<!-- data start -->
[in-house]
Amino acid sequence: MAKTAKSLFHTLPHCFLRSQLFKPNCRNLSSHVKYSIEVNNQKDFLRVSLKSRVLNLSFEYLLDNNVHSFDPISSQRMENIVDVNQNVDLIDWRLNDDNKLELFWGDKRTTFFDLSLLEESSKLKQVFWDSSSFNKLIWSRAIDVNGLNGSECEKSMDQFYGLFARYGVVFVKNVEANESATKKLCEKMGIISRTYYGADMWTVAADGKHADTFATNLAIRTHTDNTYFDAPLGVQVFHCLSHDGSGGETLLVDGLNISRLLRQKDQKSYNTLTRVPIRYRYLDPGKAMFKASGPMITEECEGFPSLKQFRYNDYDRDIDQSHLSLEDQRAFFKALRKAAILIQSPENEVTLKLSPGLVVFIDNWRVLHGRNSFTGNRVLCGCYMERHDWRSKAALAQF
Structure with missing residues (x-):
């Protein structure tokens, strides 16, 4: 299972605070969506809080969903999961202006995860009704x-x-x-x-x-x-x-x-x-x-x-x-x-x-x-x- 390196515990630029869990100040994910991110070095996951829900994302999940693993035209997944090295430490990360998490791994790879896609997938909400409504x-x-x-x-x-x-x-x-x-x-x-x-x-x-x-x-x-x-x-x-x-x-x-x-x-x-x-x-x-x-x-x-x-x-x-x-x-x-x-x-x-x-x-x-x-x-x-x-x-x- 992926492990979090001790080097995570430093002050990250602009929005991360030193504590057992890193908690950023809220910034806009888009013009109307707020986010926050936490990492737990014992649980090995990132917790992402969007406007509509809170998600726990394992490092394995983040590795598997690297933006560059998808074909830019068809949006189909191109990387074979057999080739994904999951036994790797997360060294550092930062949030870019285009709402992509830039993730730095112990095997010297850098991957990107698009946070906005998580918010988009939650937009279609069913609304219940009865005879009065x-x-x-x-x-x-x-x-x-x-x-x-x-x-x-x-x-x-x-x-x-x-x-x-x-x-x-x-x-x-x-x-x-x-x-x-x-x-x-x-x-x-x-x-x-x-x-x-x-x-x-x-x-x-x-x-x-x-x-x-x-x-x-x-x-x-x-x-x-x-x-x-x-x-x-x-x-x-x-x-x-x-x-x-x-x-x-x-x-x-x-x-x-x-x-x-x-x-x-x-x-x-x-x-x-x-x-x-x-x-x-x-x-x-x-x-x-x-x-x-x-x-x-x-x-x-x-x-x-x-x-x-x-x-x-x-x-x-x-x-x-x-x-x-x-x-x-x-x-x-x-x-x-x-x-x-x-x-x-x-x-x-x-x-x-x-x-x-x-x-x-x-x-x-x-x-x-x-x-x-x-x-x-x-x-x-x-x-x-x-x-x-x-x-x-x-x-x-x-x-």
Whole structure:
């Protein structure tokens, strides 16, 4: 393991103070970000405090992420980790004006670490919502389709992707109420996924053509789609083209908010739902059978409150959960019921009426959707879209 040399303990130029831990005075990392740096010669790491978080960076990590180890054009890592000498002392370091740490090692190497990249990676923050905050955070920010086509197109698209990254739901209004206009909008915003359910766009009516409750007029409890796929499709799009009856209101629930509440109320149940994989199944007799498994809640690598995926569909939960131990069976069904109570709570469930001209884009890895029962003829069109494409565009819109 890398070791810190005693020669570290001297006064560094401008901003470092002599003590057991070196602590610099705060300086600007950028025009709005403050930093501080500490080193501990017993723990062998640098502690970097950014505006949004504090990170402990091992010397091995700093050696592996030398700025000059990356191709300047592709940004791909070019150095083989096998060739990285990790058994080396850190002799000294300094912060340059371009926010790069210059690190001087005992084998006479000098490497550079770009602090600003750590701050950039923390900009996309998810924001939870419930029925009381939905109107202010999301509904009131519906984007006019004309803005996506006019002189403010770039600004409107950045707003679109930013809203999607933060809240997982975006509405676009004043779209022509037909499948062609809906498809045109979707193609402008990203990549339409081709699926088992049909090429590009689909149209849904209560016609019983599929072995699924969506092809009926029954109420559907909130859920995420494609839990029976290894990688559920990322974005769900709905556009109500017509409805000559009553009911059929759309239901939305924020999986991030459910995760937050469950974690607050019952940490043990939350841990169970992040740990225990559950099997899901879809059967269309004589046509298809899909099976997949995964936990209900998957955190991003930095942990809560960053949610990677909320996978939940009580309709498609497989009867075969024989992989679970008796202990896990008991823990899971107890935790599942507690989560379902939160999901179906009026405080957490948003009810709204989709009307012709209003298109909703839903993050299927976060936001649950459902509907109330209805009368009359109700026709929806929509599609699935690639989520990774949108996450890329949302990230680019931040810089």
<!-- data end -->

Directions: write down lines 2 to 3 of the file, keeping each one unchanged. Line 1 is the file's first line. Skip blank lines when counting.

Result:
Amino acid sequence: MAKTAKSLFHTLPHCFLRSQLFKPNCRNLSSHVKYSIEVNNQKDFLRVSLKSRVLNLSFEYLLDNNVHSFDPISSQRMENIVDVNQNVDLIDWRLNDDNKLELFWGDKRTTFFDLSLLEESSKLKQVFWDSSSFNKLIWSRAIDVNGLNGSECEKSMDQFYGLFARYGVVFVKNVEANESATKKLCEKMGIISRTYYGADMWTVAADGKHADTFATNLAIRTHTDNTYFDAPLGVQVFHCLSHDGSGGETLLVDGLNISRLLRQKDQKSYNTLTRVPIRYRYLDPGKAMFKASGPMITEECEGFPSLKQFRYNDYDRDIDQSHLSLEDQRAFFKALRKAAILIQSPENEVTLKLSPGLVVFIDNWRVLHGRNSFTGNRVLCGCYMERHDWRSKAALAQF
Structure with missing residues (x-):